Exploit: Compromised Email Account
InterMed: Maine-Based Physician Group
Hackers gained access to four employee email accounts that contained patients’ protected health information. The first employee account was accessed on September 6th, and the subsequent accounts were available between September 7th and September 10th. Although InterMed did not report the specific vulnerability that led to the breach, credential stuffing and phishing attacks were likely the culprit. The company’s slow response time and the sensitive nature of the compromised data will result in regulatory scrutiny that will amplify the post-breach impact.
Brooklyn Hospital Center: Full-Service Community Teaching Hospital
A ransomware attack struck Brooklyn Hospital Center, making some patient data inaccessible while deleting other information entirely. The ransomware originated with unusual network activity in July, but it wasn’t until September that the hospital determined that certain data would never be recoverable. However, it’s unclear why it took another month to notify the public of the disabled or missing data. As healthcare providers both big and small face the threat of ransomware attack, this lengthy reporting delay can compound the problem as it ushers in the opportunity for more hostile consumer blowback.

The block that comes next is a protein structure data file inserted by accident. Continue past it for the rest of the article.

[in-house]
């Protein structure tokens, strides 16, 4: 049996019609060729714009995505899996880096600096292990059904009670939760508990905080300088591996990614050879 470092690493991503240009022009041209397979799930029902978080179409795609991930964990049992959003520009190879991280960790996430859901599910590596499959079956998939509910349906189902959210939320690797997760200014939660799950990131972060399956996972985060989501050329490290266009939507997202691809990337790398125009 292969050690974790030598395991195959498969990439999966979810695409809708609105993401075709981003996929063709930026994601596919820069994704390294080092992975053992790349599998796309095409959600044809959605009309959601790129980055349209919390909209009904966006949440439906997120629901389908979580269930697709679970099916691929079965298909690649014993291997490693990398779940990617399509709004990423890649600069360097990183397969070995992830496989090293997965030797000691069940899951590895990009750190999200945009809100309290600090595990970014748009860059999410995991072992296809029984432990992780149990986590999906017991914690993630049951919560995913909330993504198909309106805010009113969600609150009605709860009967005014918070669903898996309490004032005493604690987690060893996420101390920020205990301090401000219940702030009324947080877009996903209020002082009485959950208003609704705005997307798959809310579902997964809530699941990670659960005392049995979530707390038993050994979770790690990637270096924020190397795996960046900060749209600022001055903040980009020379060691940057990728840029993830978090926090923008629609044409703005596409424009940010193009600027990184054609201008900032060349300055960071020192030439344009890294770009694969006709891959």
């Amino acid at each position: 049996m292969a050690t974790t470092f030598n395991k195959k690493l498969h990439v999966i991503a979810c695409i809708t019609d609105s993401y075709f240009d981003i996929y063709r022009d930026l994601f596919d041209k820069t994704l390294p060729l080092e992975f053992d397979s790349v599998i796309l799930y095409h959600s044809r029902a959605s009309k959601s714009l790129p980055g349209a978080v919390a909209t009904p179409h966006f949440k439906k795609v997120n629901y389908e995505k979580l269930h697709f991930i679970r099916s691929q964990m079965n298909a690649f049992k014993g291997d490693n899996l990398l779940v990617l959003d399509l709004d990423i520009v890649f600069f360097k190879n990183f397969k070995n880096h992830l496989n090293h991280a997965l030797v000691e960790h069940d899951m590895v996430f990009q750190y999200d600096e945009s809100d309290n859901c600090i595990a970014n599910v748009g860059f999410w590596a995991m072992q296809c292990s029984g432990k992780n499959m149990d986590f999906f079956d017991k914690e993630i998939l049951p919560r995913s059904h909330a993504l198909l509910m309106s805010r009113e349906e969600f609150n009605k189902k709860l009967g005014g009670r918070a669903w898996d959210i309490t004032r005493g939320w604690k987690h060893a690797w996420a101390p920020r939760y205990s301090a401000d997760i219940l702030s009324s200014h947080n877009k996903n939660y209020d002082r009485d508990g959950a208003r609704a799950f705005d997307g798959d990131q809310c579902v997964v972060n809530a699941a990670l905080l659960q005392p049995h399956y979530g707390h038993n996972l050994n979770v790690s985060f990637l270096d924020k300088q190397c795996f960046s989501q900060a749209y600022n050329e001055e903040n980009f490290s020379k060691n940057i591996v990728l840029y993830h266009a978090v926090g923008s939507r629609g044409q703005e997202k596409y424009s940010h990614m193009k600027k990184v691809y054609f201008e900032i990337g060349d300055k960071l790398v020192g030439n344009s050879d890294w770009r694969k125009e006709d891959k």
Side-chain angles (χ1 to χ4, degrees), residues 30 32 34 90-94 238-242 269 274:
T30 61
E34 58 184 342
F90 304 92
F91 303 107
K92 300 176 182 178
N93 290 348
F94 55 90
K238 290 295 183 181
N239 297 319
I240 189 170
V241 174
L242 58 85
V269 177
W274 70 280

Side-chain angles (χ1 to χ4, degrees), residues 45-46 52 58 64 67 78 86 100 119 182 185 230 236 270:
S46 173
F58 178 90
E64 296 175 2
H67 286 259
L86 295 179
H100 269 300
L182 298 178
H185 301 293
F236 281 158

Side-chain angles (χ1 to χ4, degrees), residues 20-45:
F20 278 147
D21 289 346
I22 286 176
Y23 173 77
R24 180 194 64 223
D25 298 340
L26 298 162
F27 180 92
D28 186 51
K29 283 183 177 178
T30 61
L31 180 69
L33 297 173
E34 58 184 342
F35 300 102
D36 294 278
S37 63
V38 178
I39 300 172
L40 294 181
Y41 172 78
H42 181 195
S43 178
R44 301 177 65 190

Exploit: Unauthorized Database Access
Utah Valley Eye Clinic: Utah-Based Eye Clinic
A cyber-security vulnerability at a third-party affiliate compromised personal data for thousands of the clinic’s customers. The incident resulted in patients receiving fraudulent emails indicating that they received a payment from PayPal. The breach was only recently discovered, originally occurring on June 18, 2018, so patient data has been exposed for a significant duration. As a result, the company will likely face legal penalties and lost revenue due to exposed protected health information (PHI).